By Joseph M. Molina
Arizona Daily Wildcat October 7, 1996
The University of Arizona and Tucson police departments began a joint community-based foot patrol Friday in the areas where both departments' jurisdictions meet.
Harry R. Hueston, UAPD deputy chief, said this is a pilot program that will last until Dec. 22, when it will be evaluated to see if it will be continued.
Douglas F. Smith, TPD police chief, said the officers will patrol on Fridays and Saturdays from 6 p.m. to 4 a.m.
There are two areas that each of the set of officers will patrol. The first area is from North Park Avenue to North Campbell Avenue and East Elm Street to East First Street. The second is from East Sixth Street to East Speedway Boulevard and North Mountain Avenue to North Euclid Avenue.
There will be one officer from each department in each area of the foot patrol.
Patrol times were determined by both departments on when they received the most calls for assistance, Hueston said.
"With the officers on the foot patrol, we will not have to respond for a call, they will already be there," he said.
The improved service to UA area merchants and residents is the reason for the foot patrol, Hueston said. He said both departments support the idea.
Hueston said the program is being funded through existing funds.
UAPD Officers Jeremy Sheridan and Jason Dehmer volunteered for the foot patrol assignment, Hueston said.
He said both officers love the idea and are eager to start.
Smith said Officers Paul Sayre and Steve Popkoff have the foot patrol assignment for TPD.
"Both officers are very energetic and excited," Smith said.
On the first weekend, the team of Sheridan and Sayre made between five to seven arrests, Sheridan estimated. He said those included assault, disorderly conduct and alcohol violations.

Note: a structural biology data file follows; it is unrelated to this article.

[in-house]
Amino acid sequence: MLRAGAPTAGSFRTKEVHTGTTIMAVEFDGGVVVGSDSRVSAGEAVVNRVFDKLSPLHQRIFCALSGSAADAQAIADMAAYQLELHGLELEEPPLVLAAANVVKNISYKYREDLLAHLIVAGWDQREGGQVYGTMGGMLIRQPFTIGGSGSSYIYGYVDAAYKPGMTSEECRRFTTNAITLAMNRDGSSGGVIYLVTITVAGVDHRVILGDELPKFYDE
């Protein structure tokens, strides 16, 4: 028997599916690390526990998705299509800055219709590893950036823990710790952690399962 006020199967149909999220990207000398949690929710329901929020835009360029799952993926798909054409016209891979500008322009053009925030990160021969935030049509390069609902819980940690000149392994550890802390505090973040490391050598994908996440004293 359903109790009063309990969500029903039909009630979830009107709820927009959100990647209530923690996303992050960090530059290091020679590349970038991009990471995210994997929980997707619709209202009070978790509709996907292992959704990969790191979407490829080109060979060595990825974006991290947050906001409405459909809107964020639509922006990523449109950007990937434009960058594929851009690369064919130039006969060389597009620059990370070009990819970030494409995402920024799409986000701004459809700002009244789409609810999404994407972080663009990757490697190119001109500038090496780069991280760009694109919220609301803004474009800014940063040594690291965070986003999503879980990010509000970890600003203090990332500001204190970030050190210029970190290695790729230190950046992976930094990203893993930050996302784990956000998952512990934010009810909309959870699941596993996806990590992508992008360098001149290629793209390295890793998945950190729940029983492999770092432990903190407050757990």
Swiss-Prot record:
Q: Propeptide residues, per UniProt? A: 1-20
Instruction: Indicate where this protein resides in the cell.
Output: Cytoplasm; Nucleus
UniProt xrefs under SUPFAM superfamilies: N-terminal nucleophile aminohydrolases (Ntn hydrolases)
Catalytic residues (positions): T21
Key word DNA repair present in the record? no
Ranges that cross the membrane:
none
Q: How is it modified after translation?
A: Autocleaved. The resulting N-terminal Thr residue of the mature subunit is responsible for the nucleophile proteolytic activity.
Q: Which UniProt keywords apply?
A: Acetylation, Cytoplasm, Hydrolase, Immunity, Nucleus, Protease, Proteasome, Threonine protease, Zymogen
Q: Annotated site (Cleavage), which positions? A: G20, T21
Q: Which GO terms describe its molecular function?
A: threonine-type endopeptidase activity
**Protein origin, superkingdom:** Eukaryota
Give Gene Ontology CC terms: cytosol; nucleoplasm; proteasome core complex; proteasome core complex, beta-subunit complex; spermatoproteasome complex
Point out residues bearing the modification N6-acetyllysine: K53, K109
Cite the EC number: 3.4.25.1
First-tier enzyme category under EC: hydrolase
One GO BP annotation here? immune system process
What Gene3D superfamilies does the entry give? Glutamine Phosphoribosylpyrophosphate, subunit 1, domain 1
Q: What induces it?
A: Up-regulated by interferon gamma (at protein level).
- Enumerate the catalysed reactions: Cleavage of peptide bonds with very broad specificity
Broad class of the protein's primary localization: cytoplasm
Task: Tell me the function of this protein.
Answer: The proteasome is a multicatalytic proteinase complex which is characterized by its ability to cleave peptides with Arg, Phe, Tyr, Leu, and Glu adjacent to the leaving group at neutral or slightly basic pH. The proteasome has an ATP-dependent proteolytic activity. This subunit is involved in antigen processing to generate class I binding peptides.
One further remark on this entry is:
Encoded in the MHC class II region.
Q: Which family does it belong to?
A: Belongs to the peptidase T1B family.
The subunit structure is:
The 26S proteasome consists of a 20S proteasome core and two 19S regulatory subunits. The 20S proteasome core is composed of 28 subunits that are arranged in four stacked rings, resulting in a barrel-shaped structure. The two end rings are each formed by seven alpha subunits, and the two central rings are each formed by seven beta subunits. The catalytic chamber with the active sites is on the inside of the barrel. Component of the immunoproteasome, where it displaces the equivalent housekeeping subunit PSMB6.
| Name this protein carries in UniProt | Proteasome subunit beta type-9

"The first night went really well and we made some good contacts," Sheridan said.
He said working with Sayre went well and that they shared similar philosophies and ideas.
TPD Sgt. Eugene Mejia said the foot patrol officers had a routine night. He said some of the situations that they dealt with were drinking in public and loud music.
But he said the goal of the foot patrol is communication, not to make more arrests.
"Even if we make no arrests, we are still accomplishing our goal," Mejia said.
"It is for crime order maintenance and to build better relations between the public and the police," Smith said.
Smith said in a press conference Friday that with the foot patrol, TPD hopes to eliminate frustration between area citizens and students with police.
"We hope that homeowners and businesses feel more secure," Smith said.
Elected officials and the public are in favor of the patrol, he said.
Students on campus are also showing support for the program.
"It's a good idea because it can help stop vandalism and they can keep an eye on people coming out of bars," said Russel James, undeclared freshman.
Michelle Vogel, political science senior, said, "It is a good idea for those that walk late at night because some areas on campus are poorly lit."